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Wednesday 03 Apr 2019The North Pacific pacemaker effect on historical ENSO and its mechanisms

Dillon Amaya -

H170 10:30-11:30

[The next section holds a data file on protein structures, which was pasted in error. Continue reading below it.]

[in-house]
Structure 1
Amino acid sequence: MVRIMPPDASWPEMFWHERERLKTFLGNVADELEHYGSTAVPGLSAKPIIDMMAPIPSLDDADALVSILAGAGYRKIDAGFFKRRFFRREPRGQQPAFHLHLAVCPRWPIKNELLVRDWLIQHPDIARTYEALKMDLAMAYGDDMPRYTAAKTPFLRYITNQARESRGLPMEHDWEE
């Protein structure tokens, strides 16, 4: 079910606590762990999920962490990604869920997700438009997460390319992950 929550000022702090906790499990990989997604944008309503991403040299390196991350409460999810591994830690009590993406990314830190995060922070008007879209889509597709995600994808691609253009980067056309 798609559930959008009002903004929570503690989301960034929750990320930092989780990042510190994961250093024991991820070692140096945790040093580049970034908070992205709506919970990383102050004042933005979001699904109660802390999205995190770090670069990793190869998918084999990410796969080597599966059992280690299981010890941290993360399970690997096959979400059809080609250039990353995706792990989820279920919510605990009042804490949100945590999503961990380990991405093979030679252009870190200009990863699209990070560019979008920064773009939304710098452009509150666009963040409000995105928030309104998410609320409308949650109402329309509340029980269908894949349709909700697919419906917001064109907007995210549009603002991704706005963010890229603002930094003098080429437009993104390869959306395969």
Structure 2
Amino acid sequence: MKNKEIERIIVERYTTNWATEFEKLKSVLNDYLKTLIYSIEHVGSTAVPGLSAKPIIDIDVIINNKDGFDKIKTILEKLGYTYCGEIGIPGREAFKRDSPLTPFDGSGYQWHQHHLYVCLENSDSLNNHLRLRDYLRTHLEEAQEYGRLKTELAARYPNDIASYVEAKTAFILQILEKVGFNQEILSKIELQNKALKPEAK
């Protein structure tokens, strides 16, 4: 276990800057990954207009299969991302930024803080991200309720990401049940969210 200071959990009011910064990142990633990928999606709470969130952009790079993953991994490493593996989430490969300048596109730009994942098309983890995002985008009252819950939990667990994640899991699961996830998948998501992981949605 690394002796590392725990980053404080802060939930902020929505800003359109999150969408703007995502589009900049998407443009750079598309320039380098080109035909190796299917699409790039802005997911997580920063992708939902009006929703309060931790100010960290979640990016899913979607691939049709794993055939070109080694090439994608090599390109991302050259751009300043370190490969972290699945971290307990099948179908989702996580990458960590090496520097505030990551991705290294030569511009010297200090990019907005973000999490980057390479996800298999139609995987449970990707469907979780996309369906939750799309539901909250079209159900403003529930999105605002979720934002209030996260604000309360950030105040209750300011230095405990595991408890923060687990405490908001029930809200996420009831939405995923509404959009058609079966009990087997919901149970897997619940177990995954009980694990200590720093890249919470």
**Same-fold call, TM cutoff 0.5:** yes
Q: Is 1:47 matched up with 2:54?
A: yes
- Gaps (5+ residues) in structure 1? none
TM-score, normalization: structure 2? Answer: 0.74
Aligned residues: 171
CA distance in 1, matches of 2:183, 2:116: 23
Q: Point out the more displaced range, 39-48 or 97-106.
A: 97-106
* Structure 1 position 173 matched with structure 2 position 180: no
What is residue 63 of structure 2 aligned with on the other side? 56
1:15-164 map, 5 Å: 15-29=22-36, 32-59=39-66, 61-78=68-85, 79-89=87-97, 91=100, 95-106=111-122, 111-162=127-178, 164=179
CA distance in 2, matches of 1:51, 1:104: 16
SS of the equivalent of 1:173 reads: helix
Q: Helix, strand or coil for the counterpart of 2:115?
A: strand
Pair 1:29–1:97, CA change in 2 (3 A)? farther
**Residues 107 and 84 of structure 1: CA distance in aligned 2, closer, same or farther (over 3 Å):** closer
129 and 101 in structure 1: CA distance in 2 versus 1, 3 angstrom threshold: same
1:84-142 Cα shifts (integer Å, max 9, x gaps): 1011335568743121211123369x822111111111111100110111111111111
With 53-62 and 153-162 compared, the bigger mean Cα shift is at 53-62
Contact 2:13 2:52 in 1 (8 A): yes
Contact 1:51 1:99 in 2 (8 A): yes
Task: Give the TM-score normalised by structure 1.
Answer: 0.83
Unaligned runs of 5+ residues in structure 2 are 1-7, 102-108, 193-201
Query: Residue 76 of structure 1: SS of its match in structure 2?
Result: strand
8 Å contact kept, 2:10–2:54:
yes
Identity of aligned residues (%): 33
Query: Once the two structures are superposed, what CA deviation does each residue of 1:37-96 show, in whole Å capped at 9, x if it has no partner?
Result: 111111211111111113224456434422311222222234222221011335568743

Recent studies have indicated that North Pacific sea surface temperature (SST) variability can significantly modulate the evolution of the El Niņo-Southern Oscillation (ENSO), but there has been little effort to put these extratropical-tropical interactions into the context of historical ENSO events. To quantify the role of the North Pacific in pacing the timing and magnitude of observed ENSO events, we use a fully-coupled climate model to produce the first ensemble of North Pacific Ocean-Global Atmosphere (nPOGA) SST pacemaker simulations. In nPOGA, SSTanomalies in the North Pacific (>15 ?N) are restored back to observations, but are free to evolvethroughout the rest of the globe. We find that North Pacific SST variability has significantly influenced the observed trajectory of historical ENSO, accounting for approximately 15% of the total variance in boreal fall and winter. The interaction between the North and tropical Pacific is the result of two physical pathways: 1. A Wind-Evaporation-SST propagating mechanism in boreal spring, and 2. A convective response associated with the Seasonal Footprinting Mechanism in boreal fall. The latter accounts for 25% of the observed zonal wind variability around the equatorial dateline. On an event-by-event basis, nPOGA most closely reproduces the 2014-2015 El Niņo and the 2015-2016 El Niņo. In particular, we show that the 2015 Pacific Meridional Mode event increased wind forcing along the equator by 20%, potentially contributing to the extreme nature of the 2015-2016 El Niņo. Our results illustrate the significant role of extratropical noise in pacing the initiation and magnitude of ENSO events and may improve the predictability of ENSO on seasonal timescales.

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